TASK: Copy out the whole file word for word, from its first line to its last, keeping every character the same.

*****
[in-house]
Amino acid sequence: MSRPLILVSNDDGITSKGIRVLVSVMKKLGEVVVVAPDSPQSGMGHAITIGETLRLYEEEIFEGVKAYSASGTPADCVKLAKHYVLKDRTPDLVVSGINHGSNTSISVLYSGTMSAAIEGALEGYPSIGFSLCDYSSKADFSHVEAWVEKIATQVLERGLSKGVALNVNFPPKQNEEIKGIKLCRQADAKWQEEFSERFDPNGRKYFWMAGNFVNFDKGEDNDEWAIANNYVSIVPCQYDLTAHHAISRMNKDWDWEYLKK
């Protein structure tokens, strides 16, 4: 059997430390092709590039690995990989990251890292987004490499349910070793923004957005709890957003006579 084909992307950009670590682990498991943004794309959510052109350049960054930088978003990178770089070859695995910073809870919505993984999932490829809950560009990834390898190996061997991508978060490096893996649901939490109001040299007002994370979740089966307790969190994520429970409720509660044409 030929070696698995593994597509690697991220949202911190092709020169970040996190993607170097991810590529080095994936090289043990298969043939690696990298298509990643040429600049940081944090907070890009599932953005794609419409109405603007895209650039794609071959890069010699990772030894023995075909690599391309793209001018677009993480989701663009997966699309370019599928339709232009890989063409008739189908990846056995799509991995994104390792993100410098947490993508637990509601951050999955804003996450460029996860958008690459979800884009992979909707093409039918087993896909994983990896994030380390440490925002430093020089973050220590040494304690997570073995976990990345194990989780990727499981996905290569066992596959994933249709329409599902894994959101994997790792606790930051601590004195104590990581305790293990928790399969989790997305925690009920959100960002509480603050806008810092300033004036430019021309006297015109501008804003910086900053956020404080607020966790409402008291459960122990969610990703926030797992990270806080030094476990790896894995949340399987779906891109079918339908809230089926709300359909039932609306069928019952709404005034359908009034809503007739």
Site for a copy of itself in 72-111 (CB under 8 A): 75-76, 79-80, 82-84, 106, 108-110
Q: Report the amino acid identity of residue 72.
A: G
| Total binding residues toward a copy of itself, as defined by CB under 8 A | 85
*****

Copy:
[in-house]
Amino acid sequence: MSRPLILVSNDDGITSKGIRVLVSVMKKLGEVVVVAPDSPQSGMGHAITIGETLRLYEEEIFEGVKAYSASGTPADCVKLAKHYVLKDRTPDLVVSGINHGSNTSISVLYSGTMSAAIEGALEGYPSIGFSLCDYSSKADFSHVEAWVEKIATQVLERGLSKGVALNVNFPPKQNEEIKGIKLCRQADAKWQEEFSERFDPNGRKYFWMAGNFVNFDKGEDNDEWAIANNYVSIVPCQYDLTAHHAISRMNKDWDWEYLKK
């Protein structure tokens, strides 16, 4: 059997430390092709590039690995990989990251890292987004490499349910070793923004957005709890957003006579 084909992307950009670590682990498991943004794309959510052109350049960054930088978003990178770089070859695995910073809870919505993984999932490829809950560009990834390898190996061997991508978060490096893996649901939490109001040299007002994370979740089966307790969190994520429970409720509660044409 030929070696698995593994597509690697991220949202911190092709020169970040996190993607170097991810590529080095994936090289043990298969043939690696990298298509990643040429600049940081944090907070890009599932953005794609419409109405603007895209650039794609071959890069010699990772030894023995075909690599391309793209001018677009993480989701663009997966699309370019599928339709232009890989063409008739189908990846056995799509991995994104390792993100410098947490993508637990509601951050999955804003996450460029996860958008690459979800884009992979909707093409039918087993896909994983990896994030380390440490925002430093020089973050220590040494304690997570073995976990990345194990989780990727499981996905290569066992596959994933249709329409599902894994959101994997790792606790930051601590004195104590990581305790293990928790399969989790997305925690009920959100960002509480603050806008810092300033004036430019021309006297015109501008804003910086900053956020404080607020966790409402008291459960122990969610990703926030797992990270806080030094476990790896894995949340399987779906891109079918339908809230089926709300359909039932609306069928019952709404005034359908009034809503007739």
Site for a copy of itself in 72-111 (CB under 8 A): 75-76, 79-80, 82-84, 106, 108-110
Q: Report the amino acid identity of residue 72.
A: G
| Total binding residues toward a copy of itself, as defined by CB under 8 A | 85